Business Gamification For Dummies
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Simply put, business gamification refers to the use of game mechanics and rewards in a business setting to increase user engagement and drive desired user behaviors. Businesses can use gamification to increase such things as stickiness, sharing, content creation, and purchases.

What gamification is

In part, the idea behind gamification is to influence how people (in this case, customers and fans) behave and what they do by tapping into their innate desire to play games. It's about making things fun — something that game makers have known for decades but that the rest of us are just figuring out.

More than that, though, gamification is about tapping into what really motivates people and then using a variety of techniques to inspire them to perform desired behaviors. As a bonus, with gamification, the desired behaviors that users perform are recordable — and when you have data, you have an opportunity to act on it.

Yes, gamification can certainly be used to promote behaviors in which people might not otherwise engage, but the best gamification programs operate by rewarding people for behaviors they are already inclined to perform or are required to perform, increasing their engagement and enjoyment.

In other words, gamification makes things more fun.

To be clear, gamification isn't about creating a game. Games are great, sure, but slapping a game on your website probably won't help you attract more users. Rather, you use game mechanics to enliven an existing experience.

What gamification does

Does your website have low retention or dismal conversion rates? Are your customer communities ghost towns? Is your loyalty program stagnant? Have customers forgotten your brand altogether?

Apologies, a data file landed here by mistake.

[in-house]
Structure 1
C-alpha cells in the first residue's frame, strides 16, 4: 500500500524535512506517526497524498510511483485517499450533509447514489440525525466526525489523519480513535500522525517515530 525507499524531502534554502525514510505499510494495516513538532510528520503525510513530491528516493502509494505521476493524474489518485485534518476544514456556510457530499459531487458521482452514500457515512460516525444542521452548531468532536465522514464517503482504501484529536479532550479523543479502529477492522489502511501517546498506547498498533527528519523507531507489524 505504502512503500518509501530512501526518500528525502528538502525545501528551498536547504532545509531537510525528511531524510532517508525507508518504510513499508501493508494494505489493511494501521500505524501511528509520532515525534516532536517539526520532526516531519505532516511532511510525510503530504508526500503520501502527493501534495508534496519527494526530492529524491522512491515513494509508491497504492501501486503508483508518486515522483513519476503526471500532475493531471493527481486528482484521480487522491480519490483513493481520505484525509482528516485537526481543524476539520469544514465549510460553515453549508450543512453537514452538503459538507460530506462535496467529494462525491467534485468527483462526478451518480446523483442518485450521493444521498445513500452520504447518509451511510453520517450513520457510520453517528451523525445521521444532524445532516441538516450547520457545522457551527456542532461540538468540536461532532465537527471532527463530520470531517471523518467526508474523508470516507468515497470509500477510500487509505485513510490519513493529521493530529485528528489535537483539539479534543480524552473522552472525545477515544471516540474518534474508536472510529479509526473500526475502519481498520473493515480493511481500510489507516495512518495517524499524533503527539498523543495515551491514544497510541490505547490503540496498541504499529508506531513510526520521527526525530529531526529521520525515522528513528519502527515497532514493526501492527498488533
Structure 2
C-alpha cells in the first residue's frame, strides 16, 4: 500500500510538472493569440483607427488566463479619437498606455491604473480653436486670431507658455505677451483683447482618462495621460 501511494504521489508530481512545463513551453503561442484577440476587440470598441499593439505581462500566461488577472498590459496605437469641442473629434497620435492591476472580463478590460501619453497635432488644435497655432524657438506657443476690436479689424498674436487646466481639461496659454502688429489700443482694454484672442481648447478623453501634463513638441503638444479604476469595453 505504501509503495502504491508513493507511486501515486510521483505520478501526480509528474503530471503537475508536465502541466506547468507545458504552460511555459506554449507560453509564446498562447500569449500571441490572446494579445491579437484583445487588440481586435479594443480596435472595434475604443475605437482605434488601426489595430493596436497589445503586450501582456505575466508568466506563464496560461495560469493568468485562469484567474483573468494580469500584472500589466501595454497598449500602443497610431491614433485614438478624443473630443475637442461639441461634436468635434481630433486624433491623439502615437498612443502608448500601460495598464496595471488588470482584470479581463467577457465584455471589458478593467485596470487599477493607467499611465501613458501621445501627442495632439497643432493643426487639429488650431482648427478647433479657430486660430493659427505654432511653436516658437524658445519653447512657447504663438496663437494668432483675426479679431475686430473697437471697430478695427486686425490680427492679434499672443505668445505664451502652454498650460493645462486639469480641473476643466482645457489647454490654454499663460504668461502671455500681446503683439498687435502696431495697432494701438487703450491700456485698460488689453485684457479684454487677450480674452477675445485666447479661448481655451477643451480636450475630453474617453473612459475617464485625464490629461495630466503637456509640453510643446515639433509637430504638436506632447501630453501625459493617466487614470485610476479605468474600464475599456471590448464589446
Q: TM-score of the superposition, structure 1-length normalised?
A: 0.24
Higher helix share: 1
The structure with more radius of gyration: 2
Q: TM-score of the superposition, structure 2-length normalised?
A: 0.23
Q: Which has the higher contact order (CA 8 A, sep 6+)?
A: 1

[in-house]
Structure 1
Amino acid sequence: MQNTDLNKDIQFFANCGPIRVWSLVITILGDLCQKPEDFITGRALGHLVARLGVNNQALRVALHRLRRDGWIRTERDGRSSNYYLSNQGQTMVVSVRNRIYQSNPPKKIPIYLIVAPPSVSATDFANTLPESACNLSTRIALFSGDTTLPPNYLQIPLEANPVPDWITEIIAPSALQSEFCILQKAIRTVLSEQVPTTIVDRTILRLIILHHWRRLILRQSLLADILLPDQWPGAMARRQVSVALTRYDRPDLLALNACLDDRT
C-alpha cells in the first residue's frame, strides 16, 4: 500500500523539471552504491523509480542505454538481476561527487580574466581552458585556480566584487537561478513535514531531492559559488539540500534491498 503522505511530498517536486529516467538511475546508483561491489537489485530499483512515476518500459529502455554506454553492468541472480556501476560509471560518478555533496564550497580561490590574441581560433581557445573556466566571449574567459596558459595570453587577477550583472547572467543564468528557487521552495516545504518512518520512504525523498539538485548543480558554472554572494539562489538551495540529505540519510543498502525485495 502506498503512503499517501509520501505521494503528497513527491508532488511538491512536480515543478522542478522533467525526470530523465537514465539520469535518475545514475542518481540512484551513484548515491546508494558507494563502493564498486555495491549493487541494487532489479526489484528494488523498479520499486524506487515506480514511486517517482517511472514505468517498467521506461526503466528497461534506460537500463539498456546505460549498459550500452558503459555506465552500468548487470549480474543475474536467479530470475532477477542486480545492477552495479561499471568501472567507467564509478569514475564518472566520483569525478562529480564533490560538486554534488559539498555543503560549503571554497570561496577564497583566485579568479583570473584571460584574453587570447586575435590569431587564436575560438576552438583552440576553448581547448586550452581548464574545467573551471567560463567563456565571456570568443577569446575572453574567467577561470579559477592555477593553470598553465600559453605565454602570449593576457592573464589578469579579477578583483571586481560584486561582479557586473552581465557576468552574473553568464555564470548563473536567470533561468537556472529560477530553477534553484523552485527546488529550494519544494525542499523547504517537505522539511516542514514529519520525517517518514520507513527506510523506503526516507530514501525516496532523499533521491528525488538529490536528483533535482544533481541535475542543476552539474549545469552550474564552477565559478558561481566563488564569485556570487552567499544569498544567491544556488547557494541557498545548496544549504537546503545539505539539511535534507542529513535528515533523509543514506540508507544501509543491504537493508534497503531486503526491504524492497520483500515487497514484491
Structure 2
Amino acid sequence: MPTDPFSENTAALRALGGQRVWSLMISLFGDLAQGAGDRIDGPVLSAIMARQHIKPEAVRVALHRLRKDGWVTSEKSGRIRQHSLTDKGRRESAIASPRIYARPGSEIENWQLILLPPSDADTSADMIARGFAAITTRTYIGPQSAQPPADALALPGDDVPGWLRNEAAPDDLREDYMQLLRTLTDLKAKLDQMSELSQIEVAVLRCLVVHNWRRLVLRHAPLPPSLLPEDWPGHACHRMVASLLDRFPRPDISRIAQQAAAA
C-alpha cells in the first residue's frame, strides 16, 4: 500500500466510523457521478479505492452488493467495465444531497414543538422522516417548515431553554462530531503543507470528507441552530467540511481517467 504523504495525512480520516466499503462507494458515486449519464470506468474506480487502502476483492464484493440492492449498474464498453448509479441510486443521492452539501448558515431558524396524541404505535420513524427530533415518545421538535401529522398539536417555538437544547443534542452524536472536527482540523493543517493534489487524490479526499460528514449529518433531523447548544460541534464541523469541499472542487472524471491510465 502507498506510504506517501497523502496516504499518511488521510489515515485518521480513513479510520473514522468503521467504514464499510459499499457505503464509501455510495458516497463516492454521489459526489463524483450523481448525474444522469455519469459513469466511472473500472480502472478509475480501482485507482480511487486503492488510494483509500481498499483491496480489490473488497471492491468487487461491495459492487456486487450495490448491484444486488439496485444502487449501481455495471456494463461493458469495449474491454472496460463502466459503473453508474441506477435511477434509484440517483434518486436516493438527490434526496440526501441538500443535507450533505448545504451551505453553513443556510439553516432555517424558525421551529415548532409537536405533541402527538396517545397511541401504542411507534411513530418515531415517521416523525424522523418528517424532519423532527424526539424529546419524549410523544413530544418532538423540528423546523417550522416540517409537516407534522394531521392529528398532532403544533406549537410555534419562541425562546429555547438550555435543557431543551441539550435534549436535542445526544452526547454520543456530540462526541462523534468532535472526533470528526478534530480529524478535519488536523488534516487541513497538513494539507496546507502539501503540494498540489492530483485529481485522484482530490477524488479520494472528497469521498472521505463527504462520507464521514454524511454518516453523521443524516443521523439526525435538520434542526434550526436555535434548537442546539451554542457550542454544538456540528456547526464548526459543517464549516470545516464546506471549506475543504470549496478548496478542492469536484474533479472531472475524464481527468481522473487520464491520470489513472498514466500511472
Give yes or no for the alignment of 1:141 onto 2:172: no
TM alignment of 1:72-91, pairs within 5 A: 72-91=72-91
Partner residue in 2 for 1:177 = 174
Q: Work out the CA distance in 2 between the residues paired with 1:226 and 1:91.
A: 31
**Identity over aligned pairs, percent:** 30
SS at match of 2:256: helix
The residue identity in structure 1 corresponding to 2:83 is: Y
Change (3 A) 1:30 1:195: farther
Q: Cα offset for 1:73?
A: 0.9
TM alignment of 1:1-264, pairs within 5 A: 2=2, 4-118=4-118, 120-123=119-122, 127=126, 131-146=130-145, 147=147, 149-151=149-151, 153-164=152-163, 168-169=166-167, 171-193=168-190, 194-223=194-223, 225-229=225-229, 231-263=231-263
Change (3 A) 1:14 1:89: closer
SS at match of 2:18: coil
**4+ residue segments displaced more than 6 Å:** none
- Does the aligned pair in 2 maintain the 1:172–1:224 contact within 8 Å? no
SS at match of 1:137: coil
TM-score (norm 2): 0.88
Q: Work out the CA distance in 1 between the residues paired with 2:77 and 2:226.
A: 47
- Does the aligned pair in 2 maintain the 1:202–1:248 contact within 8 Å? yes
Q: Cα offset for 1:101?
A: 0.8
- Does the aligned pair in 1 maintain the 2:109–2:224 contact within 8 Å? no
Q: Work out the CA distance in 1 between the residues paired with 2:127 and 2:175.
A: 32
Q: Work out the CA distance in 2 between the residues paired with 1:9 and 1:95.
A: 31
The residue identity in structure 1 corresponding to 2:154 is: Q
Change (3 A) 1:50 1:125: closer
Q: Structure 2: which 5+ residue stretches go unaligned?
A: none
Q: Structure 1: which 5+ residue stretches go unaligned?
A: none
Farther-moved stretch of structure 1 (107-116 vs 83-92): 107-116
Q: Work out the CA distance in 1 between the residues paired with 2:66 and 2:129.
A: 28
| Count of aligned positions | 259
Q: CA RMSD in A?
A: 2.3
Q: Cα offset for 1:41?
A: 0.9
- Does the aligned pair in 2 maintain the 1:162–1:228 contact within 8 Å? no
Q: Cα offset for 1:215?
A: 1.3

Or maybe your problems are on the employee side. It could be that your onboarding process for setting up new employees is slow. Or maybe your people just don't collaborate, share knowledge, or keep records the way they should. Maybe you have a high employee churn rate.

All these problems stem from a single cause: lack of engagement. Here are two ways lack of engagement can hurt:

  • Customers aren't loyal. The Internet has leveled the playing field, inundating customers with choices. Thanks to this ample choice, they often flee to competitors.

  • Employees underperform. By underusing the technology you provide, employees fail to optimize business processes.

In response, most organizations have simply invested in more technology — lots of it. Like, $1 trillion between 2007 and 2012 alone. Even so, here's the stubborn reality:

  • 54% of customers are inactive in loyalty programs.

  • 69% of customers don't use online communities.

  • 50% of employees don't adopt enterprise software.

  • 88% of employees don't use social software.

What's missing? Your ability to measure and influence behaviors that matter to you. Enter gamification.

Your customers and employees crave attention, recognition, approval, and rewards. With gamification, you feed this craving, and in the process convert customers into loyal fans and employees into highly effective collaborators and advocates.

Gamification enables you to drive, measure, and reward high-value behaviors by customers or employees. Game mechanics use design and behavioral psychology principles inherent in today's social games to drive and reward specific user behaviors in business environments. Smart gamification elements — such as points, achievements, levels, leaderboards, missions, and contests — can drive desired behaviors on virtually any website or enterprise application.

One way to think of gamification is as the intersection of psychology and technology. Most successful gamification programs rely to some degree on behavioral psychology — understanding what motivates someone to engage with certain elements on a website, app, or what have you.

In the past, the people who designed websites and software applications were concerned with simply developing technology — say, to automate or streamline a business process. They weren't so worried about making sure people would actually use it. Nowadays, it's about humanizing the technology and applying psychological and behavioral concepts to increase the likelihood that the technology will be used and used properly.

About This Article

This article is from the book:

About the book authors:

Kris Duggan is a thought leader of innovative ways to incorporate game mechanics and real-time loyalty programs into web and mobile experiences. Kate Shoup has written more than 25 books, has co-written a feature-length screenplay, and worked as the sports editor for NUVO newsweekly.

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